A scholarship can be your ticket to a
dream career, and being awarded one can easily be a major milestone in your
life. Not only are educational costs sponsored, most scholarships also provide
an allowance and the promise of the job immediately after graduation with the
Yet, for such a huge opportunity, many
students take the scholarship process too lightly. They forget their research,
or wait until the last moment to submit their applications. (We speak from
experience, as the BrightSparks portal is inundated with applications the day the
A’Level results are released.) This results in sloppy, mediocre applications,
or missing the deadlines entirely.
We understand that for many, this is
their first time applying for a scholarship (and perhaps their first time
applying for any sort of certification), so the process can look like a major
So we’ve simplified it a bit with this
handy 6 Step Guide. Go and Start Applying!
The first step is to understand what
scholarships are all about. Mostly, scholarships comprise two components – full
or partial sponsorship of your education (plus whatever extras may be listed),
and a bonded career with the sponsor organisation.
Our BrightSparks portal and magazines
contain lots of information about the scholarships available and what they
involve, so check them out! But don’t stop there – research the organisations
you find interesting, connect with other scholars who are studying or serving
their bonds, and there’s always the good ol’ Google search.
If you have the time, try taking up an
internship with an organisation you’re interested in, or attend a workshop or
fair they organised. These are golden opportunities to get up close and
personal with the organisation’s members, and learn about the work they do.
It’s important to remember that
organisations offer scholarships not to give out need-based financial aid, but
as a means for recruiting talented future employees. Ultimately, they are
looking for candidates who would be a good fit for the organisation. So it is
helpful to know what qualities they are looking for, and whether you would like
to work for them.
2: Know yourself
The first step to an informed decision
is a level of self-awareness. This is especially true of a big decision like a
scholarship, which is essentially choosing a career path.
Leading psychologists have found that
the highest level of happiness is attained when one is able to use his strengths
in service of a cause that he believes in. It follows that you should
understand yourself better in at least two areas – your values and your
There are several ways to go about
increasing your self-awareness. The first, and definitely the most effective,
is to be more introspective. Besides enlisting the help of family and friends
to share their observations with you, you could also try some personality tests
online such as the .
Step 3: Shortlist scholarships
Now, knowing yourself and what you’d
like, it’s time to decide which scholarships to apply for.
While there’s a temptation to apply for
scholarships you have a chance at being selected for, remind yourself that
that’s only one side of the story.
You must also consider which
scholarships are suitable for you in the first place. Assuming you are sure of
your interests, you should select scholarship providers with matching career opportunities,
and whose corporate mission and core business resonate with you.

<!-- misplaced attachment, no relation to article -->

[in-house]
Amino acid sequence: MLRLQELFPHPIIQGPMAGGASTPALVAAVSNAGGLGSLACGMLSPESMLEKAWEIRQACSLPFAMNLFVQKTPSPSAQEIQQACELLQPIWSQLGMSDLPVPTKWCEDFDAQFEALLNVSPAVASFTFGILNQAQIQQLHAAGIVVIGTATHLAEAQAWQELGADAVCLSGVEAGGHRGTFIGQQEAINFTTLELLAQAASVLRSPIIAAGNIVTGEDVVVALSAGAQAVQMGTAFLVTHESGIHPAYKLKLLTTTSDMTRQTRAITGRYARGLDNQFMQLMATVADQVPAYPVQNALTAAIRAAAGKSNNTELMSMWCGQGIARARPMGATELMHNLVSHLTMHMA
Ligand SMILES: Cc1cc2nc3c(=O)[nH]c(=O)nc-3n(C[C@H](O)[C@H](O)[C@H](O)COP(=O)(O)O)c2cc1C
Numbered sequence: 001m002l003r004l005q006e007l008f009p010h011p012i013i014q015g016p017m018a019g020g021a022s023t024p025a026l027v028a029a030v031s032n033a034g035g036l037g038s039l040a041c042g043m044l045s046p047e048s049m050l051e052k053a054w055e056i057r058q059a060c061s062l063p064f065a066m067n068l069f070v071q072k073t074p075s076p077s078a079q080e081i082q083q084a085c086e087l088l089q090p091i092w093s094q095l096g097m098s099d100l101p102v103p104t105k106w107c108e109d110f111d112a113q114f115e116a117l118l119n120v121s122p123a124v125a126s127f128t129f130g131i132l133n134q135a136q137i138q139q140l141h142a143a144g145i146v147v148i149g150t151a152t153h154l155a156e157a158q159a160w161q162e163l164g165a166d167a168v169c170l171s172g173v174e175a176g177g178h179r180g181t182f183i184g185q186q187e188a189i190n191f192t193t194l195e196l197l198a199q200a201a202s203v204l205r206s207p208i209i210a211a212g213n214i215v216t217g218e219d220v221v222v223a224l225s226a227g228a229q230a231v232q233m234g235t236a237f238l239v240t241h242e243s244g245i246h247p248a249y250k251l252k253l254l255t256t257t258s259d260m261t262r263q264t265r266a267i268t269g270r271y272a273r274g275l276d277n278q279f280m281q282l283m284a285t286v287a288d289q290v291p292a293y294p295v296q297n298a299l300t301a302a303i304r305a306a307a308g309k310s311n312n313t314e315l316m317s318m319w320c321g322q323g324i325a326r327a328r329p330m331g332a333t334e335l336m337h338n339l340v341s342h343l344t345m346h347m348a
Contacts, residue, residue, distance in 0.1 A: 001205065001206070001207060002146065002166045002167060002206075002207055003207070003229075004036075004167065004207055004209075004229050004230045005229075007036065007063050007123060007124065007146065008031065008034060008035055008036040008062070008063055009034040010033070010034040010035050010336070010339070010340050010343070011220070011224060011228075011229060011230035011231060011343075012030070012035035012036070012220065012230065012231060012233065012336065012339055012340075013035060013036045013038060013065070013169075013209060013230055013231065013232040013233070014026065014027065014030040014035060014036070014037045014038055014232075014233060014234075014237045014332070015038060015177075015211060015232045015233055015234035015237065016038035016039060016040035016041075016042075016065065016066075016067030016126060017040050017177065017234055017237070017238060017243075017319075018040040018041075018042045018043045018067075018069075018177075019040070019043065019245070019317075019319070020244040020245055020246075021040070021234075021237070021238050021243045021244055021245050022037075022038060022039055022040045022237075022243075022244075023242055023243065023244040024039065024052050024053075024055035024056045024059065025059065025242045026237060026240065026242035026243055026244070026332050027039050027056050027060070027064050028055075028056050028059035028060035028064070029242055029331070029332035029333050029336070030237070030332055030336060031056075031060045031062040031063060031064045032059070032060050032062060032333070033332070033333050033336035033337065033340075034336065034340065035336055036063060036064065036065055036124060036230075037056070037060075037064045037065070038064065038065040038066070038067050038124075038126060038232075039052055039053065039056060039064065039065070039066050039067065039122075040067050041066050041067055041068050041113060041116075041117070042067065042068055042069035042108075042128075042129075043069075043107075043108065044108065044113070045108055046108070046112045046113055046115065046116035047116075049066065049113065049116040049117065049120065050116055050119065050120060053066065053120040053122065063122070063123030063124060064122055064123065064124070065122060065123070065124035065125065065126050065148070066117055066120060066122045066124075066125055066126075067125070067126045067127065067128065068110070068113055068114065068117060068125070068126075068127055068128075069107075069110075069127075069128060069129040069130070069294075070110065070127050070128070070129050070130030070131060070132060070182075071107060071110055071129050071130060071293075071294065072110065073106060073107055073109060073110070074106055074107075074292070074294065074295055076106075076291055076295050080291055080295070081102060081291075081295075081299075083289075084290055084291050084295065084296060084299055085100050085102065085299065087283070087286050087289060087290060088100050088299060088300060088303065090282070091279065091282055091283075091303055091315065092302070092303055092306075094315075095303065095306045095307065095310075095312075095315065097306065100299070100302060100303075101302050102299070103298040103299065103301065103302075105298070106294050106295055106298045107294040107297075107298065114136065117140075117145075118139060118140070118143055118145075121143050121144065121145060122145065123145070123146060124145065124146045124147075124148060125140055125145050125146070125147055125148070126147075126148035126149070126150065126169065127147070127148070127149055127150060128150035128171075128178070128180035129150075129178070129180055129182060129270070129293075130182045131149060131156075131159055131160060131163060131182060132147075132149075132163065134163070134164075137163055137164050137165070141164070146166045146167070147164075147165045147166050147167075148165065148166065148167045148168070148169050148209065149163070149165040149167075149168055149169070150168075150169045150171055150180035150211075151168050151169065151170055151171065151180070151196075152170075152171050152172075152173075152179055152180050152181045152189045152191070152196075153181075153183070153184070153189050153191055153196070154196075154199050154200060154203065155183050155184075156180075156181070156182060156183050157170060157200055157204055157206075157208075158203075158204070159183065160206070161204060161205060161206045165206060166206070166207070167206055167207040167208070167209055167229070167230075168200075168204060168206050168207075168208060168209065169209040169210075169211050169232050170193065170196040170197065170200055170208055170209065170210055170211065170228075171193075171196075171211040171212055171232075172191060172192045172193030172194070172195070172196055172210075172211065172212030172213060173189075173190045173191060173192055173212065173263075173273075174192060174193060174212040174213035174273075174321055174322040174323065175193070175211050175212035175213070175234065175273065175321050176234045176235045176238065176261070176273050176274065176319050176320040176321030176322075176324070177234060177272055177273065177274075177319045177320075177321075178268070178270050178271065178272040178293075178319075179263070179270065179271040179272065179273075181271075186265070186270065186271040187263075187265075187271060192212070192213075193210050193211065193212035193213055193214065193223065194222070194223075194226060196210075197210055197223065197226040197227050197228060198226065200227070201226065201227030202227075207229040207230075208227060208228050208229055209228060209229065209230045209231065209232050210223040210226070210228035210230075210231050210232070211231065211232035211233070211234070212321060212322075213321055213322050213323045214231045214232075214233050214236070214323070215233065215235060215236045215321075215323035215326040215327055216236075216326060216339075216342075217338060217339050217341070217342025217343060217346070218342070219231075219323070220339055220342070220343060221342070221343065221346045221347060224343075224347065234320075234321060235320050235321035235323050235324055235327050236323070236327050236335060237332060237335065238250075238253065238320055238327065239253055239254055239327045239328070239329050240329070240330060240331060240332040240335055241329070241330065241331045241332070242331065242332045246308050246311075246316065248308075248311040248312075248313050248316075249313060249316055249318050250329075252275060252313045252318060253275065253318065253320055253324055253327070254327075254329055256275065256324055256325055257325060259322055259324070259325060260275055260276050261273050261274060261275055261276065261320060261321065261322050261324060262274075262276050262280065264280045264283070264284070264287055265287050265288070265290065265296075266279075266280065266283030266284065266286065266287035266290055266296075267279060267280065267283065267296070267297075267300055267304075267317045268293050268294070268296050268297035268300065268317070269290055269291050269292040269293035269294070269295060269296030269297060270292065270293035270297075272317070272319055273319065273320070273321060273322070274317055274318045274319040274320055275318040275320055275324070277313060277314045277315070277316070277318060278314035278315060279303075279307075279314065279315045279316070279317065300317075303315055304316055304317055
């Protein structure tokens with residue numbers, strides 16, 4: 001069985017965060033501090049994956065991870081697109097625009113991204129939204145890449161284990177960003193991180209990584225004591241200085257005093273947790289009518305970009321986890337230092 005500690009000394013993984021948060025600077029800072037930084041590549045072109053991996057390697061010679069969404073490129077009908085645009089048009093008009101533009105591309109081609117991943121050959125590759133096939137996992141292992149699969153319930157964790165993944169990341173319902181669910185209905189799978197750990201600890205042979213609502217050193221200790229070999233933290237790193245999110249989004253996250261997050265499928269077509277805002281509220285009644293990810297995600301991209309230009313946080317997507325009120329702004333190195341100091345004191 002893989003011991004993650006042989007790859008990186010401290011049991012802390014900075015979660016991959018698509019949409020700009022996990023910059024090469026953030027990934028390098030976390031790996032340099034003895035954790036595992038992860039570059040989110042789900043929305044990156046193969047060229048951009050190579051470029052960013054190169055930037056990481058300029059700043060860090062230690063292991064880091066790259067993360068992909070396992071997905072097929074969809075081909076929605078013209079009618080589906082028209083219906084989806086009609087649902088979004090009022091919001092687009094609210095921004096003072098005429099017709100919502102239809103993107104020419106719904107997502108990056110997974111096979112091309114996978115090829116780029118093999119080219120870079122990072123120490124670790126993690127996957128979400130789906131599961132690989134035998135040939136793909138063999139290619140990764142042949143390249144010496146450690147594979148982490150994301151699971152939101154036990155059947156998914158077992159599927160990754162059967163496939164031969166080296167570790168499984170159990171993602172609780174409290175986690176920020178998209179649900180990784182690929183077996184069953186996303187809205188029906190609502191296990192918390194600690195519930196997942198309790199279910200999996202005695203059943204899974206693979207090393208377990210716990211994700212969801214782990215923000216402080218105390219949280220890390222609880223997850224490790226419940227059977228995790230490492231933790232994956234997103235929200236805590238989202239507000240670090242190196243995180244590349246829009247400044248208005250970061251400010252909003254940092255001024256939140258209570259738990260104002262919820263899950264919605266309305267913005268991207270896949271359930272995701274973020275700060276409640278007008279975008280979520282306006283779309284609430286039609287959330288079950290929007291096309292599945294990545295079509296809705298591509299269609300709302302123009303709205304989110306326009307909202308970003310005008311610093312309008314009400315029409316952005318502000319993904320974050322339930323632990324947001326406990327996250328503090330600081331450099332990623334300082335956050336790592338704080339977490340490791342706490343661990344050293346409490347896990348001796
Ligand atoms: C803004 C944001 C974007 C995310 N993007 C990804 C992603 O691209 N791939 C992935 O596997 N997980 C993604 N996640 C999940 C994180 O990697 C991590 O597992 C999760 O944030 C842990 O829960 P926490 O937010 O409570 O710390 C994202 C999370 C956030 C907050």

Remember to utilise our to compare the array of scholarships available!
Having sorted out where you want to go,
it’s time to apply!
Generally, the window for applying to
most scholarships opens the day the ‘A’ level results are released, and closes
two weeks later. Some scholarships do open for longer, or have different
intakes, so keep yourself informed!
For most scholarships, applications can
be submitted using an online form provided by BrightSparks. However, other
scholarship providers may require you to submit your applications via their
Although much of the form-filling is
merely entering of data, you will also most likely be asked to introduce
yourself, your interests, and your ambitions through essays and personal statements.
Remember to start on these early, to ensure you have sufficient time to craft a
good statement AND proofread it!
5: Tackle the selection process
If you have been shortlisted for the
scholarship, you will be asked to undergo a selection process comprising
interviews and other forms of assessment.
There are usually at least two rounds of
interviews – one with human resource personnel, and the other with the
company’s senior management. You can improve your performance at these
interviews by reading up on the company, the issues affecting its industry, and
expressing a sincere interest in the company’s business. Interview skills can
also be learnt and honed through role-play and practice.
Remember to be yourself, and remain
sincere and focused. Most companies don’t want a robot that only says the
perfect things, they’re looking for someone with ideas that will fit with their
Other kinds of assessments can take the
form of personality profiling tests, situational tests and reasoning tests. It
is possible to prepare for the latter two by finding out their exact nature
from previous applicants, so you can have a gauge of what to expect.
6: Respond to the offer or rejection
Did you get your offer? If so, congratulations!
Do take time to get to know the people in the organisation better, as this will
ease your transition from university to working life.
But if you have been rejected, don’t be
too down. Other opportunities lie in wait, and the scholarship application
process has at least helped you grow in self-awareness and emerge a stronger
Prepare for your scholarship application